The Gassy Gnoll slept in today, so he apologizes in advance for his tardiness. He didn’t want to leave folks hanging, so he offered his slot to me to fill. Nice gnoll, ain’t he?
As I debated getting a haircut recently I pondered the use of the ubiquitous barber in campaign worlds. Barbers have been relegated to the role of simple hairdressers these days, though the social aspect is still a major emphasis. A good haircut includes the pleasantries of common conversation and many deals are probably still brokered in small barber shops.
But it used to be so much more… Surgeons. Dentists. A good barber could fix you up in many different ways. Going back to ancient times, these were jacks of many trades that were sometimes paid more than those practitioners of a single discipline.
About the only reference I’ve seen on the web is by Alric @ RPG Athenaeum… And he shows the downside of primitive medical practices. “A common cure [for toothaches] involved burning a candle very close to the tooth; the heat would theoretically drive the worms though to cause the ache to leave the tooth and jump into a cup of water held below the patient’s mouth. When that treatment failed, the tooth was extracted with pliers, without anesthetic.” Ouch. I don’t like going to the dentist, but the old way seems worse.
Even so, they were sought out after their knowledge of practical medicine as opposed to some of the more superstitious approaches folks would try. Leeching. Amputations. Hernia repairs. Gallstones. Selling of basic medicines. (Alchemy anyone?) It’s an important role that would feel right at home in most fantasy campaigns I’ve run.
So why not use the barber as an alternative to the typical church healer or herbalist? Each approach has its merits, but if one fails you might have better luck going to the next. Though it may be nothing more than a quick skill check, that may be the difference between bleeding out or surviving to fight another day. Or if you’re not in need of a healer, a barber shop is still a great way to hear local gossip and potentially find the next adventure…
In modern or futuristic campaigns (or even fantasy), why not use today’s version of the barber shop as a place of finding business? Someone looking for work might find influential people sharing conversation and be able to leverage themselves into a job.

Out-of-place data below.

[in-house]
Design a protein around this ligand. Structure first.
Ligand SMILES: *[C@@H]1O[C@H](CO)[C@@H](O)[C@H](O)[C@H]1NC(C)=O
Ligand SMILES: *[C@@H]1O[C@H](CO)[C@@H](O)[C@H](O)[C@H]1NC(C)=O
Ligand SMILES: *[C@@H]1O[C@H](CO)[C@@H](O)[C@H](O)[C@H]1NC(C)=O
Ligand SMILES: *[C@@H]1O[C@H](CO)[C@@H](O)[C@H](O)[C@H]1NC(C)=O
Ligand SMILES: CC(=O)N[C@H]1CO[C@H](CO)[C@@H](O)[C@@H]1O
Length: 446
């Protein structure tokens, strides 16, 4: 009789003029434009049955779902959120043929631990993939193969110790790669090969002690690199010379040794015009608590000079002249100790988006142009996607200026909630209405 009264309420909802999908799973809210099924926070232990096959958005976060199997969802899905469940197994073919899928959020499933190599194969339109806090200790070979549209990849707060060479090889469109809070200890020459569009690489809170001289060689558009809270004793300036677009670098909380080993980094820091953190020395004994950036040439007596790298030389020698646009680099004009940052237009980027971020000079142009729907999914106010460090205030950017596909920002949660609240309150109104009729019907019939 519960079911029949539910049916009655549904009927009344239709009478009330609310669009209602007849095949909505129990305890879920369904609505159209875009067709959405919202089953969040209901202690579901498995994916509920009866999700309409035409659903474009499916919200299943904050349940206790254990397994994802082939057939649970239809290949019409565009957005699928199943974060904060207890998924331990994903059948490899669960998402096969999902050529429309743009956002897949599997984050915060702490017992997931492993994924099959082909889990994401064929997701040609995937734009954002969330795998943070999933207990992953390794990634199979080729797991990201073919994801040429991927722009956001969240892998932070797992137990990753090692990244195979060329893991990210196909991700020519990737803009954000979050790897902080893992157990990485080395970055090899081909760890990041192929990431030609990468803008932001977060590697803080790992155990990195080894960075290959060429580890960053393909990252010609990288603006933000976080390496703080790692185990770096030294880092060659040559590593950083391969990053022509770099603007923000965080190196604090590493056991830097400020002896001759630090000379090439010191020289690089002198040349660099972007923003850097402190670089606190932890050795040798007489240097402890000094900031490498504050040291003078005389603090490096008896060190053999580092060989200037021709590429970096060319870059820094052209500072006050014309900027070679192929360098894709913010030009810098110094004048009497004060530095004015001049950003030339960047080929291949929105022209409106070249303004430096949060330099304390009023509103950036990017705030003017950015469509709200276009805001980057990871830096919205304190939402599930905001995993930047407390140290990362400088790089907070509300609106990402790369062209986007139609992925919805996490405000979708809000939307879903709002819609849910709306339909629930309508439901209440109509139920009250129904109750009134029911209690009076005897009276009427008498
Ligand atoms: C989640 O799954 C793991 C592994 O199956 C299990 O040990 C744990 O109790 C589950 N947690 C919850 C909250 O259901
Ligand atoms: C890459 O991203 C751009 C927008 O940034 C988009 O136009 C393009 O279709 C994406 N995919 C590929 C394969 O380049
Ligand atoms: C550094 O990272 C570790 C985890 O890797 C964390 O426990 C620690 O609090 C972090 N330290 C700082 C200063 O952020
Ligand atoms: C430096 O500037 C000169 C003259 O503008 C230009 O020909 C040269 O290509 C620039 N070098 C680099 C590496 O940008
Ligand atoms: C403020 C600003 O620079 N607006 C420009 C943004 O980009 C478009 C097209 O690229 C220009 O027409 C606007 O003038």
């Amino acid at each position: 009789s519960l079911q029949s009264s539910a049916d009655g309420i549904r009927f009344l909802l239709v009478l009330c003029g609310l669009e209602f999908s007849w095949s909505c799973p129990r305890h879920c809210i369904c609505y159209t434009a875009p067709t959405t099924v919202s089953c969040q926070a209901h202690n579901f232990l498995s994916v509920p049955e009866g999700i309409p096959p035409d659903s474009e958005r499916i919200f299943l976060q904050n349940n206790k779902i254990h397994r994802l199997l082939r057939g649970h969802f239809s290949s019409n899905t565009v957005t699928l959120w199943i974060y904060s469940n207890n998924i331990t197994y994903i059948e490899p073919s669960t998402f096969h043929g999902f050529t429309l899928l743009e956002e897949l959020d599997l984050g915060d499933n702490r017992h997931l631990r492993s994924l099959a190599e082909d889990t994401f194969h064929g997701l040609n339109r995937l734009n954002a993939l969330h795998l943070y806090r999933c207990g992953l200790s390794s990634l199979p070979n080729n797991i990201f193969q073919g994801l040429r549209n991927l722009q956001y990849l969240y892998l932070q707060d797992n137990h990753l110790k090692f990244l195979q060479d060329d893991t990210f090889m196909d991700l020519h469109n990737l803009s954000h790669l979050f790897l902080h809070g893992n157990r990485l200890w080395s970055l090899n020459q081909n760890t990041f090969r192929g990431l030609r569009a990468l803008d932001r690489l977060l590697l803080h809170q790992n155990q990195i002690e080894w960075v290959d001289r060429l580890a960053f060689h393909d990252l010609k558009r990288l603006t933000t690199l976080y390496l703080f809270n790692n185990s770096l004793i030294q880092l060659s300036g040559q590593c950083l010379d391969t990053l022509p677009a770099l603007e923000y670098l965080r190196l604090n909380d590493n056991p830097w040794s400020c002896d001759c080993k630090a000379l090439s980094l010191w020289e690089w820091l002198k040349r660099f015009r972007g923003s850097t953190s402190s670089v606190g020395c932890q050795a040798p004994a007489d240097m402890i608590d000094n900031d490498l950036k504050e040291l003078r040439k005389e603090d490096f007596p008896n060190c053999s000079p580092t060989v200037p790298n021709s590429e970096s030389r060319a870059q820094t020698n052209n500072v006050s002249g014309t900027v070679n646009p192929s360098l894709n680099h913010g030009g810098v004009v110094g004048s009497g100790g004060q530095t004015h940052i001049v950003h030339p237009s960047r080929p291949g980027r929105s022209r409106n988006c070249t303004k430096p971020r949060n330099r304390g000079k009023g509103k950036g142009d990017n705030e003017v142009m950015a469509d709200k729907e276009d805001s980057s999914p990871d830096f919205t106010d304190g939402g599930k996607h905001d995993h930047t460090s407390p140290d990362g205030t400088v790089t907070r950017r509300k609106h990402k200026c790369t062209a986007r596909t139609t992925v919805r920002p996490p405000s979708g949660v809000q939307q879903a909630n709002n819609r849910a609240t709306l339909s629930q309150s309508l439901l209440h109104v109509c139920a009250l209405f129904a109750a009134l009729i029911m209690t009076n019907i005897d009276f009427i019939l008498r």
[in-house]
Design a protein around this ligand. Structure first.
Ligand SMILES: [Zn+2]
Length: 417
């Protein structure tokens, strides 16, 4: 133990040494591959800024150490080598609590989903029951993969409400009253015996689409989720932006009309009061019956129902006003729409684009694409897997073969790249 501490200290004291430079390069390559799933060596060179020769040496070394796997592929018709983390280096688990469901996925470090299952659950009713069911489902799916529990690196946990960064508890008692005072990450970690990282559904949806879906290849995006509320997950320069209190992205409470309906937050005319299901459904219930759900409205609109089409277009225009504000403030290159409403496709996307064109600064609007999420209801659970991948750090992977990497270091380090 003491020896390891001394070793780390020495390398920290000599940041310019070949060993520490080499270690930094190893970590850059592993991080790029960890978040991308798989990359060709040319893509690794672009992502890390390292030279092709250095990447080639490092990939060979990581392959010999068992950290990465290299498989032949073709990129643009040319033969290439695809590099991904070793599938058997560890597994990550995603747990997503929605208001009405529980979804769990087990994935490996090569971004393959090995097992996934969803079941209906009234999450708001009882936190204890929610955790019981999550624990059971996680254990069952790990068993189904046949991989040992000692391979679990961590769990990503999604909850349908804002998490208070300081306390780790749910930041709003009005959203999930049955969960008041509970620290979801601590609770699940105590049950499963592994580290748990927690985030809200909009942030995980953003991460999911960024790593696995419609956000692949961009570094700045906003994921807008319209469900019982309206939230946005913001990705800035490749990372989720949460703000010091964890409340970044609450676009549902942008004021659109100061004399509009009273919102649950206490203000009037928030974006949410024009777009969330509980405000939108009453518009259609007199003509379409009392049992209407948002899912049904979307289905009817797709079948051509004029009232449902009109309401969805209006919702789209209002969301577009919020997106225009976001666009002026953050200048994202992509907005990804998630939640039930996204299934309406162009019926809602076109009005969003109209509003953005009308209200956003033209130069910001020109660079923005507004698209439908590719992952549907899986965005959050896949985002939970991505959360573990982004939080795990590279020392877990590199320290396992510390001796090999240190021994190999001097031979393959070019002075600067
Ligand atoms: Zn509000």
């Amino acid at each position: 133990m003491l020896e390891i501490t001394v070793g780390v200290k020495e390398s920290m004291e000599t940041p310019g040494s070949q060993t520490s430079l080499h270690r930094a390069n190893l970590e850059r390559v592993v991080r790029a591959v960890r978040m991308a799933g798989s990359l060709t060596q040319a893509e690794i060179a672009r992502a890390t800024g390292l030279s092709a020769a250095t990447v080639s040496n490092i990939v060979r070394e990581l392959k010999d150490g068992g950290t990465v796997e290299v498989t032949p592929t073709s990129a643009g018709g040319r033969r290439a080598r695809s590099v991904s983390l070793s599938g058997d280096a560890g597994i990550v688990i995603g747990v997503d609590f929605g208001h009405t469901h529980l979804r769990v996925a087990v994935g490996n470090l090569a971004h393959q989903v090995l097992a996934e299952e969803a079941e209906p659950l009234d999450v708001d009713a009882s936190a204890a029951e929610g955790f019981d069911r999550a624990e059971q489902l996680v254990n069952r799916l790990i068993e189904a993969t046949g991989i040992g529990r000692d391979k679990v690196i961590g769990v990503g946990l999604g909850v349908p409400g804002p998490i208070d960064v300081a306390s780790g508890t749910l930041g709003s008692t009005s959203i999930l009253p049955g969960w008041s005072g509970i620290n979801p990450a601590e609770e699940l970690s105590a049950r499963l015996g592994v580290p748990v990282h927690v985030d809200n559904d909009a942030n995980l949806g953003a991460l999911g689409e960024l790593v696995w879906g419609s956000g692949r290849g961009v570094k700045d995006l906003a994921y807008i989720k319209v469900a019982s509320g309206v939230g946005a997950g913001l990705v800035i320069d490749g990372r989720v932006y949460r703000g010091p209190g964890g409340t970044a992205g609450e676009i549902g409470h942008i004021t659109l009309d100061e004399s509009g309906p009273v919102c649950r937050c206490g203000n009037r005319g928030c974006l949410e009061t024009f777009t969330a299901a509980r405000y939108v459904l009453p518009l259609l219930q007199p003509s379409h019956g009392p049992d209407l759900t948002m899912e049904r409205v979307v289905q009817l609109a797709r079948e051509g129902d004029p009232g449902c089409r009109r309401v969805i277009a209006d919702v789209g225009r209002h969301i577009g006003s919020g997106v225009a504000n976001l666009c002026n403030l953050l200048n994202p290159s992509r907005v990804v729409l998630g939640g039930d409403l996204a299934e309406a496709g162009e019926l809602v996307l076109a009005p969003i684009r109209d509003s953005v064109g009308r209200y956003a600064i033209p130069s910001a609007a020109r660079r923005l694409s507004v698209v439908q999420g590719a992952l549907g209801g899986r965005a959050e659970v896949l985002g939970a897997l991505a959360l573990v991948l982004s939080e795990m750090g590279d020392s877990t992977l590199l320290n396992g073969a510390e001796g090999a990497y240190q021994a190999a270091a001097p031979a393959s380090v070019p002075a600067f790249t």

Now if you’re going for a historical flair, I’d caution you against staying in the typical misogynistic vein that many societies encouraged. Though that may have been what actually happened, in our enlightened day and age we can change the rules. In my opinion, fantasy or medieval worlds in our games should be inclusive, not exclusive – unless that’s the world you wish to portray (to the exclusion of some potentially great players).
So how might you use a barber in your campaign? I tend to focus on fantasy worlds, so here are some suggestions in that vein:
- The Barber as Confidante – A good barber can be viewed as someone to share secrets with or get advice about difficult situations. What happens when a barber is wronged and begins selling secrets?
- The Barber as Murderer (as in Sweeney Todd) – Imagine a well-respected member of society taking advantage of a position of trust and killing his (or her) clients?
- The Barber as Coordinator – Barbers hear things. They know who’s looking for work and who has a job to fill. Why not use that network to the PC’s advantage?
Interested in some resources on medieval barbers? Check these out:
- Medieval Barbers- Taking care of more than just haircuts (The Ancient Standard)
- Medieval Barber (Medieval Travel)
- Barber-surgeons (Science Museum)
- Medieval Jobs – The Barber (tronatales.com)
- Medieval Sourcebook: Apprenticeship Agreements: To a Barber, 1248 (Fordham University)